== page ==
Football: Northwestern pass defense faces challenge against Nebraska


Daily file photo by Allie Goulding

Montre Hartage defends a pass. The junior cornerback has been a consistent starter for a Northwestern defense that has struggled against the pass statistically.

Max Schuman, Gameday Editor


Lost in the shuffle during Northwestern’s three-game winning streak has been an unexpected defensive vulnerability against the pass.

With a solid secondary that returned almost every contributor from a season ago, the Wildcats’ defense was expected to be hard to attack through the air, if nothing else. Instead, the unit has ceded 271 passing yards per game, ranking 120th in the country.

This weekend, NU (5-3, 3-2 Big Ten) travels to Nebraska (4-4, 3-2) to face a Cornhuskers squad whose quarterback, Tanner Lee, is coming off a 431-yard day in a come-from-behind victory over Purdue.

“You could argue that (Lee) had probably his best game on Saturday against Purdue, made some big-time throws,” coach Pat Fitzgerald said. “It was impressive.”

A confident Nebraska passing attack could take advantage of the same holes in the Cats’ defense exposed by Michigan State quarterback Brian Lewerke a week ago. Lewerke tossed for 445 yards and four touchdowns, numbers inflated by three overtimes but buoyed by a slew of converted deep shots.

Big plays have been a nagging problem for NU throughout the season, with opponents from mighty Penn State and Wisconsin to humble Maryland picking up huge chunks through the air. Defensive coordinator Mike Hankwitz said correcting mistakes from those chunk plays remains a point of emphasis for his unit.

“We played extremely well in the first half against Penn State, then gave up some big plays in the second half that were the difference,” Hankwitz said. “In the Wisconsin game, we played very well in the first half, and two bad plays in the second half were the whole difference.”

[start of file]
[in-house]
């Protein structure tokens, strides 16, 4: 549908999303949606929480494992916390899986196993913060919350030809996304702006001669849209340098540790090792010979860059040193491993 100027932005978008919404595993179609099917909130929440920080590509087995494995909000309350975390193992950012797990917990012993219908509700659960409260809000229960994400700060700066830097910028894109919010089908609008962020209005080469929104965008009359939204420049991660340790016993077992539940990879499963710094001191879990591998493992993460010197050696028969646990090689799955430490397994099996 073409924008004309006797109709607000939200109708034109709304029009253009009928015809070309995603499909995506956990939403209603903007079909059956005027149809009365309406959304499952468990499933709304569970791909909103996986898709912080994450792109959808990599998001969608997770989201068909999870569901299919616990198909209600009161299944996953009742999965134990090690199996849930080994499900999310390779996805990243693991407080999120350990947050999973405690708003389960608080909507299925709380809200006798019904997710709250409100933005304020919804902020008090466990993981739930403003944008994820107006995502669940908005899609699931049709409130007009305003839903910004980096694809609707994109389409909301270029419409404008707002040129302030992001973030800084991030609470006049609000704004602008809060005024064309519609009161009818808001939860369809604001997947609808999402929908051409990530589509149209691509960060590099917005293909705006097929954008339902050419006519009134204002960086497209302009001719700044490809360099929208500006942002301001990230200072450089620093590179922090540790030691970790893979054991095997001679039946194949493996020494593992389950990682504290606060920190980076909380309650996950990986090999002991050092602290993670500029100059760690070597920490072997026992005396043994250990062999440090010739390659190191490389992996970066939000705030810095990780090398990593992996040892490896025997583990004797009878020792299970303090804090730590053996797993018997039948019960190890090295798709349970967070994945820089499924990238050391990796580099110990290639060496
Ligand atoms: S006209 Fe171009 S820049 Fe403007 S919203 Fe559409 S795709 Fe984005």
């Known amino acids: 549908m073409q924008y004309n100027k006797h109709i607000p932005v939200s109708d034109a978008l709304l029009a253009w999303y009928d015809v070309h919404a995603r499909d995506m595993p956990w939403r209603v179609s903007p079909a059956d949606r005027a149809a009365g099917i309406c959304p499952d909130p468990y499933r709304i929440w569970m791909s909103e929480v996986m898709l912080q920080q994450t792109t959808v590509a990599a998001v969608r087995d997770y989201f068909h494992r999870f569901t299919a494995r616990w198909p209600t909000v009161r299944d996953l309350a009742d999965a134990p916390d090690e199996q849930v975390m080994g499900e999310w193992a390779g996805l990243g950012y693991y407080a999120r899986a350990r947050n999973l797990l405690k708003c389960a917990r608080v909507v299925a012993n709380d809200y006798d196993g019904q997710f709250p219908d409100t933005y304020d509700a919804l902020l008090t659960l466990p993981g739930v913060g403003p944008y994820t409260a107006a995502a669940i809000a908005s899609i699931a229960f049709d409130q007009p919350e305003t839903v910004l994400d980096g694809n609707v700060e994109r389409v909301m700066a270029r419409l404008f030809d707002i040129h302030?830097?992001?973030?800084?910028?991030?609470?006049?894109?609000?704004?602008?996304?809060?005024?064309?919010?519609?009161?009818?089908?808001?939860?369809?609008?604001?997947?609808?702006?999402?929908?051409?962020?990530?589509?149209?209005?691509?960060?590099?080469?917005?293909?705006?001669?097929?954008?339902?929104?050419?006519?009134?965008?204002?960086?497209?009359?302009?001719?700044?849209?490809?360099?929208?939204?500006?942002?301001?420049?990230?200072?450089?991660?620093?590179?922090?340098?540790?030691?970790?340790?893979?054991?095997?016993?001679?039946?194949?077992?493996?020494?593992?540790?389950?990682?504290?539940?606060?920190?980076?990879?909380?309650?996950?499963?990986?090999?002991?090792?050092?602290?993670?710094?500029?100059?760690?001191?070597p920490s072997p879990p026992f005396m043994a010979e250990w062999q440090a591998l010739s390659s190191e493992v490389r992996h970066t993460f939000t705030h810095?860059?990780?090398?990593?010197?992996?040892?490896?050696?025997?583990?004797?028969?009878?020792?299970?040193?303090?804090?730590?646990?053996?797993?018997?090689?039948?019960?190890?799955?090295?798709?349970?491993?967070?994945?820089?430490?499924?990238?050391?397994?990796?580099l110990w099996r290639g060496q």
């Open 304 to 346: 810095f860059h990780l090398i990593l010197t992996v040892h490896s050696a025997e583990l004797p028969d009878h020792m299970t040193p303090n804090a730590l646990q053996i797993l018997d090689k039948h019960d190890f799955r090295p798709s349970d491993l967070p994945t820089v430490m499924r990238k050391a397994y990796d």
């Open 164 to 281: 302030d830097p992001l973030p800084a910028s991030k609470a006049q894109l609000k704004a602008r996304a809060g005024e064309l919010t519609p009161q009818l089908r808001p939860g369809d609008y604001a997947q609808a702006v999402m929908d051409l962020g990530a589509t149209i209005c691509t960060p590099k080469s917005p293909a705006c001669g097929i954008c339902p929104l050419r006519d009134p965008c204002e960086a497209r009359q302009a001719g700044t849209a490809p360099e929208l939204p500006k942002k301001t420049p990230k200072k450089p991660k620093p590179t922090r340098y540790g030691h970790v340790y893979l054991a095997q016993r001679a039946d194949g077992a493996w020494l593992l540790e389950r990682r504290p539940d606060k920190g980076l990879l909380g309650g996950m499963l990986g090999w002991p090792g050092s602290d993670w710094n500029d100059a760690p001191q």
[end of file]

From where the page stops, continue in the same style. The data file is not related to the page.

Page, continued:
If Hankwitz and NU’s defense can’t limit those mistakes, the Cats could face trouble in Lincoln on Saturday. Lee hasn’t been perfect this season — he’s completed just 57 percent of his passes with 10 interceptions in eight games — but he’s proven capable of getting the ball to a talented stable of weapons. Fitzgerald praised Nebraska receivers Stanley Morgan, Jr., and De’Mornay Pierson-El this week, who are both averaging nearly 10 yards per target.

The Cats could do themselves a favor by putting pressure on Lee, but that might be a dicey proposition, as the Cornhuskers have allowed just 12 sacks on the year. Meanwhile, the defense will have to deal with a Nebraska offense that can test them schematically and create big plays through miscommunications.

“(Nebraska) runs a little bit of a different offense than we’ve seen, so we’ve got to adjust to where they’re going to put their tight ends and running backs,” sophomore defensive end Joe Gaziano said. “They line up in a lot of bunch sets, so we’ve got to make sure we’re able to defend that. It poses a challenge for our checks and our linebackers, but as long as we communicate, we’ll be all right.”

“All right” could be good enough from NU’s pass defense, as Nebraska’s run game and overall play has been largely uninspired in 2017. A solid showing in coverage will take the Cats a long way toward a sixth win, which would guarantee bowl eligibility.

Still, faced with an opponent whose strength overlaps with an NU weakness, Fitzgerald said his squad anticipates another hard-fought game.

“Our guys know what we’re getting into. We’re getting into a hostile environment against a very talented football team, against a very veteran coaching staff that I think is outstanding,” Fitzgerald said. “We’re going to have our hands full.”

Email:[email protected]
Twitter: @maxschuman28